candycap mushroom , also known as Curry Milk Cap mushroom is a peculiar mushroom variant that is often used as a natural sweetener and flavor enhancer in various desserts. Yes, you’ve read that right, desserts. While this saccharine fungus hasn’t gained much traction in the culinary world, it has definitely stirred up a lot of interest in recent years.Candy Cap is a member of the large milk-cap genus Lactarius that secrete a milky discharge when they are bruised or cut. Scientifically known as Lactarius rubidus, Candy Caps are small to medium-size mushrooms that are usually burnt orange in color. Its cap shape ranges from broadly convex to slightly concave as it ages.
Candy Cap mushrooms are highly distinguishable by their scent, which has been likened to that of maple syrup or butterscotch. It’s signature sweet scent may be quite faint in fresh mushrooms but becomes stronger as it dries. As a matter of fact, drying it indoors can produce an aroma strong enough to perfume an enclosed space for days and even months.Candy Caps can be found growing in moss or rotting matter underneath cone-bearing trees and hardwoods such as pine, spruce, and oak. They can be widely scattered or in groups, but never in clusters. The ideal time to forage these fungi is during late autumn or early winter. As there are a number of mushrooms similar to Candy Caps, it’s crucial to know its distinct features, especially if you’re a novice collector.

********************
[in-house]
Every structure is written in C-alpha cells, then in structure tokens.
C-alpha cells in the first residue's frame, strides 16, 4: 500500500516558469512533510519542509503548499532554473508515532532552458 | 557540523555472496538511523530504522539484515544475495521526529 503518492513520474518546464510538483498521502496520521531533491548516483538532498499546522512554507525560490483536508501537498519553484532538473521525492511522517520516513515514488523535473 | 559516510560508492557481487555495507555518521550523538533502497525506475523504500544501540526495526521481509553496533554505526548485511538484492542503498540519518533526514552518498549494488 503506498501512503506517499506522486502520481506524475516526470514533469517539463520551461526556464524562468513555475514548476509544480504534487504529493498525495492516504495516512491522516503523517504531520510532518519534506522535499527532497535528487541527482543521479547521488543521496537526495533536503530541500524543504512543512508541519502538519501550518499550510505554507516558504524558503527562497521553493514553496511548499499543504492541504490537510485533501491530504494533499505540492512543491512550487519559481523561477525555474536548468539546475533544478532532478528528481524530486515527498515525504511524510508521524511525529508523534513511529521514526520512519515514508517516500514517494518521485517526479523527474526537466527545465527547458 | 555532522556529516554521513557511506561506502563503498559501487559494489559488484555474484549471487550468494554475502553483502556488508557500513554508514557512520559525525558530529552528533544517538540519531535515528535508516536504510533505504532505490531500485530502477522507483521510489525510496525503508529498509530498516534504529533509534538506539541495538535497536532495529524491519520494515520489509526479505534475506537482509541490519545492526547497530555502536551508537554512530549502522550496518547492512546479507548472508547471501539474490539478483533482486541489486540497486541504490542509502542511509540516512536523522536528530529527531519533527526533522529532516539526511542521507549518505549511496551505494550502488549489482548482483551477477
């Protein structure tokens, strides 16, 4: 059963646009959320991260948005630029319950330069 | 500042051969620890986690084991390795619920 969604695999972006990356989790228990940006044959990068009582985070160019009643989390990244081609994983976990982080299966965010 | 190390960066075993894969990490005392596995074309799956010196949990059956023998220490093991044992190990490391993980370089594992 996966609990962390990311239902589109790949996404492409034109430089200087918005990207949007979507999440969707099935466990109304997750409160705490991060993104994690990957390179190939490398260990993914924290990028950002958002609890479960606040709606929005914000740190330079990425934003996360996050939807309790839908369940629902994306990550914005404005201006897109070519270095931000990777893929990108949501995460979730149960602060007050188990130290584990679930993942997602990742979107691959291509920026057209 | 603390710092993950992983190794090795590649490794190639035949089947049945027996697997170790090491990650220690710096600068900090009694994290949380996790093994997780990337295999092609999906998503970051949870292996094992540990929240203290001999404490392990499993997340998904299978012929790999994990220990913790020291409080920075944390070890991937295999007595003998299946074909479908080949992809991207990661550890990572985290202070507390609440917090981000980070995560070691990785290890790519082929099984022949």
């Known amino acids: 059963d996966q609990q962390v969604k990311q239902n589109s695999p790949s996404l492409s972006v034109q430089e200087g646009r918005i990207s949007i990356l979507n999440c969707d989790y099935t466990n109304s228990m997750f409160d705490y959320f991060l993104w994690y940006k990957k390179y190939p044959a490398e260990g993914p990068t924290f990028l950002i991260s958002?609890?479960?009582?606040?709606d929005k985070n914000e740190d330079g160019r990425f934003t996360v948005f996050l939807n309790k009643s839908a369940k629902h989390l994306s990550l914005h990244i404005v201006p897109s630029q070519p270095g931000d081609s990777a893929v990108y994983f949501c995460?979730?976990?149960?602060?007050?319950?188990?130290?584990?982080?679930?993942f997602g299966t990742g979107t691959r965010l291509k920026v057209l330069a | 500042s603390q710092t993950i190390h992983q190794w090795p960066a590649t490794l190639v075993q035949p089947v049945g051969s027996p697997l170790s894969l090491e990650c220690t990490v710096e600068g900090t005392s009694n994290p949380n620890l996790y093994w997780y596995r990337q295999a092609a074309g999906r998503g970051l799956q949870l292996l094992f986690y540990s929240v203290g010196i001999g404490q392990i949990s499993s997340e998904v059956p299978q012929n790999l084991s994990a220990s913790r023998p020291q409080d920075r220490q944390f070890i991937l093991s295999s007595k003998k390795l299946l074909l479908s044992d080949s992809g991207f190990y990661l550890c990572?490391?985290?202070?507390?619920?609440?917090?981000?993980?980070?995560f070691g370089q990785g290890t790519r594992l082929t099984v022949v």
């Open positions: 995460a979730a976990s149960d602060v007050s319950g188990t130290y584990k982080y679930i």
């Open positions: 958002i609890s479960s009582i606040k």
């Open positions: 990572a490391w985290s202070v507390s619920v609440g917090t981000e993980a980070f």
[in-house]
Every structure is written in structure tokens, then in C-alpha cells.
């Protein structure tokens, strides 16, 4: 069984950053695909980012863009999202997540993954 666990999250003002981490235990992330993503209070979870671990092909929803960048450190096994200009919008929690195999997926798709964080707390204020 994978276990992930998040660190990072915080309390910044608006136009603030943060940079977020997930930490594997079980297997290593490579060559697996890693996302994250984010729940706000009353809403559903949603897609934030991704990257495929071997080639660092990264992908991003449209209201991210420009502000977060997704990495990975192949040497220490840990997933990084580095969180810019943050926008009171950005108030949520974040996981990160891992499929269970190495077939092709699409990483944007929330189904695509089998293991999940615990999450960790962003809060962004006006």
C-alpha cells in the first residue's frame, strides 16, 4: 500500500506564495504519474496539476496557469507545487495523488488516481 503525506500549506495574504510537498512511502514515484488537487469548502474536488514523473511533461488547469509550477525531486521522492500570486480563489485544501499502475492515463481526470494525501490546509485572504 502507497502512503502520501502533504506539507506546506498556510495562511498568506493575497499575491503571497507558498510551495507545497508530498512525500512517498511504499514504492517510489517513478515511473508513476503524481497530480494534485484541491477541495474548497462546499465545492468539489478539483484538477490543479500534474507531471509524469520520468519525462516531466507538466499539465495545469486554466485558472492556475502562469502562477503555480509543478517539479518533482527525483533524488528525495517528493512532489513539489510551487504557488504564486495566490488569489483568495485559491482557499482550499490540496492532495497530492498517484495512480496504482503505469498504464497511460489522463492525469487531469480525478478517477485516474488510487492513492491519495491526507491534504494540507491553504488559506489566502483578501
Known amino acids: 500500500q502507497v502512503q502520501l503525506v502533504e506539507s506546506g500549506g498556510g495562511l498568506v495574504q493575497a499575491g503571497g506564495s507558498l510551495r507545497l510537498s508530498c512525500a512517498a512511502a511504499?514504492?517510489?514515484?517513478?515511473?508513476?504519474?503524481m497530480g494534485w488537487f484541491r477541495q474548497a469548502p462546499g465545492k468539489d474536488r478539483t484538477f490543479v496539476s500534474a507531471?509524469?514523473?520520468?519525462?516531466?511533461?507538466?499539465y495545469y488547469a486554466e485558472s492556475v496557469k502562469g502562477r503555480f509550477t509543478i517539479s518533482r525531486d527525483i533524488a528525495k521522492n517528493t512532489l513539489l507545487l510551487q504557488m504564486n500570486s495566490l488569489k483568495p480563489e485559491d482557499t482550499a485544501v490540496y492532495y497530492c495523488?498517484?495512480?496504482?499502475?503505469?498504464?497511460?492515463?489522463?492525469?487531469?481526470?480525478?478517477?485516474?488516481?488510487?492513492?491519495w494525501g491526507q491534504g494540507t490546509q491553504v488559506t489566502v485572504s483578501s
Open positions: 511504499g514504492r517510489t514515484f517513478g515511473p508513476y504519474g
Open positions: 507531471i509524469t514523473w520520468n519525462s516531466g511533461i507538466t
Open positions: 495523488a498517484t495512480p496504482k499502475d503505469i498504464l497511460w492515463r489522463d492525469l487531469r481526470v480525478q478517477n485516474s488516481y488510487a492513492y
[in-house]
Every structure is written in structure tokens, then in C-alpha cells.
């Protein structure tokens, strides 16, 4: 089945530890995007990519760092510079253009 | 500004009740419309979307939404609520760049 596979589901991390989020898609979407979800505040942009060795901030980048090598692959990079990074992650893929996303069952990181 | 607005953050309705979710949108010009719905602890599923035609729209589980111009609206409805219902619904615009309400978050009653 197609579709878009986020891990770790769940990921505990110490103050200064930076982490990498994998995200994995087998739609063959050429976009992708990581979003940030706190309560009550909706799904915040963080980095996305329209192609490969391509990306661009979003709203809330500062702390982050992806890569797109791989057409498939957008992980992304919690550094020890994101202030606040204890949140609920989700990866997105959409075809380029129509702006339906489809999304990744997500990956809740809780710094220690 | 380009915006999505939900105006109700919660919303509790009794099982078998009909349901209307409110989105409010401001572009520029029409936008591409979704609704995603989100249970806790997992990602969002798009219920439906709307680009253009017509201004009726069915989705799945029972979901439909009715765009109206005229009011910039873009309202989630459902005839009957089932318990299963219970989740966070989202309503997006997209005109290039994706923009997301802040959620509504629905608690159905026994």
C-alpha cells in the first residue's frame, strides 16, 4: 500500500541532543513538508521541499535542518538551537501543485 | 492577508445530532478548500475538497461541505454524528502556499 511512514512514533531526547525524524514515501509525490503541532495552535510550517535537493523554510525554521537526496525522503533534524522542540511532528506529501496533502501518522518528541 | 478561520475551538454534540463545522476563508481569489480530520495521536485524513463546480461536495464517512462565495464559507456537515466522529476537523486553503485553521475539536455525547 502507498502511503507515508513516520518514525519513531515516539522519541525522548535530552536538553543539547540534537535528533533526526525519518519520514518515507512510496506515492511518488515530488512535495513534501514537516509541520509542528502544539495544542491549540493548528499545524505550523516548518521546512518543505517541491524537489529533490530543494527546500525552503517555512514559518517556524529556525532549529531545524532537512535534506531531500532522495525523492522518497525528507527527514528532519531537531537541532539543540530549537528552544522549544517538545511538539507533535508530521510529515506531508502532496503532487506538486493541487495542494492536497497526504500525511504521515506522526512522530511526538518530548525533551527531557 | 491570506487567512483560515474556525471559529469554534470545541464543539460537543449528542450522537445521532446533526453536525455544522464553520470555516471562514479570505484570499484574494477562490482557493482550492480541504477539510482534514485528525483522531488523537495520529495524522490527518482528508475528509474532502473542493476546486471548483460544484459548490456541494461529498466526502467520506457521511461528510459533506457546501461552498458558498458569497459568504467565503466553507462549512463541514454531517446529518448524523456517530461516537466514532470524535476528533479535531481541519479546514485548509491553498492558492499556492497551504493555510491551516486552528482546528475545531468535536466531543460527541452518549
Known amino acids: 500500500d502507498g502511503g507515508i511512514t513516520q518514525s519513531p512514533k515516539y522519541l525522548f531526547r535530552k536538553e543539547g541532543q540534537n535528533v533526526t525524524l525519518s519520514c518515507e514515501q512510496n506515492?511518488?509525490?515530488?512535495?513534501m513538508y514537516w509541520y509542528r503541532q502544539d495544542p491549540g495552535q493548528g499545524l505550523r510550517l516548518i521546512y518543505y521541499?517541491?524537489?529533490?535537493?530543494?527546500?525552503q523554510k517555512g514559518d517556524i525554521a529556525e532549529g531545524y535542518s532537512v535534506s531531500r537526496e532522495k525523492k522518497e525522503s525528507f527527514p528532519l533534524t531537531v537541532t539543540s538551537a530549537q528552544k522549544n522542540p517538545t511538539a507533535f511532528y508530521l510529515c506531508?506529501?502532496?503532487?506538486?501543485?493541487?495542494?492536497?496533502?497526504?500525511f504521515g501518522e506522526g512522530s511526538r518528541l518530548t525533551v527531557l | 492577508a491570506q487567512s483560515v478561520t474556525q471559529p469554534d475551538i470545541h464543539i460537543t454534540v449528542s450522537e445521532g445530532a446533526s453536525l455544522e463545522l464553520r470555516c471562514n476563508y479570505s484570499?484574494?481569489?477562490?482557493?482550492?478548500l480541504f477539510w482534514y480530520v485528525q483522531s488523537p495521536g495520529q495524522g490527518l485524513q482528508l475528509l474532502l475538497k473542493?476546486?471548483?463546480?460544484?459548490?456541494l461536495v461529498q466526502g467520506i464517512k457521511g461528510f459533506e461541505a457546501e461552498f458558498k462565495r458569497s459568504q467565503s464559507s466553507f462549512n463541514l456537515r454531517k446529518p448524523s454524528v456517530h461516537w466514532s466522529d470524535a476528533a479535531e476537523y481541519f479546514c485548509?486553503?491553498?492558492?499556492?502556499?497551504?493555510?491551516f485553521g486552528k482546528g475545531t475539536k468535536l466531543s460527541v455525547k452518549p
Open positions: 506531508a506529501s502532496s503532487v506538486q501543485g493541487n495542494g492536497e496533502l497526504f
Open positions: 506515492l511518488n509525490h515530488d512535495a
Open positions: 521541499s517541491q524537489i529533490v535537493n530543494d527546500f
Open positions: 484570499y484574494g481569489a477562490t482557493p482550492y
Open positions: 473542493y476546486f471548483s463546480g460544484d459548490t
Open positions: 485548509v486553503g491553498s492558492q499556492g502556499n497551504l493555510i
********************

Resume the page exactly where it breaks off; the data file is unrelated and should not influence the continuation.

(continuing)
Freshly-picked Candy Caps doesn’t exactly smell like maple syrup; it’s really more like a faint sweet scent. Candy Cap mushrooms contain amino acids that when combined together produces a chemical called quabalactone III. When this chemical is combined with water, it produces sotolon, which is basically the substance responsible for giving it that distinctive maple syrup scent as it dries. Sotolon is actually the same chemical that food manufacturers add to their sugar-based products such as maple-flavored syrups, aka “fake” maple syrups. Isn’t it amazing how Candy Caps are capable of making “fake” maple syrups through natural processes? How ironic, isn’t it?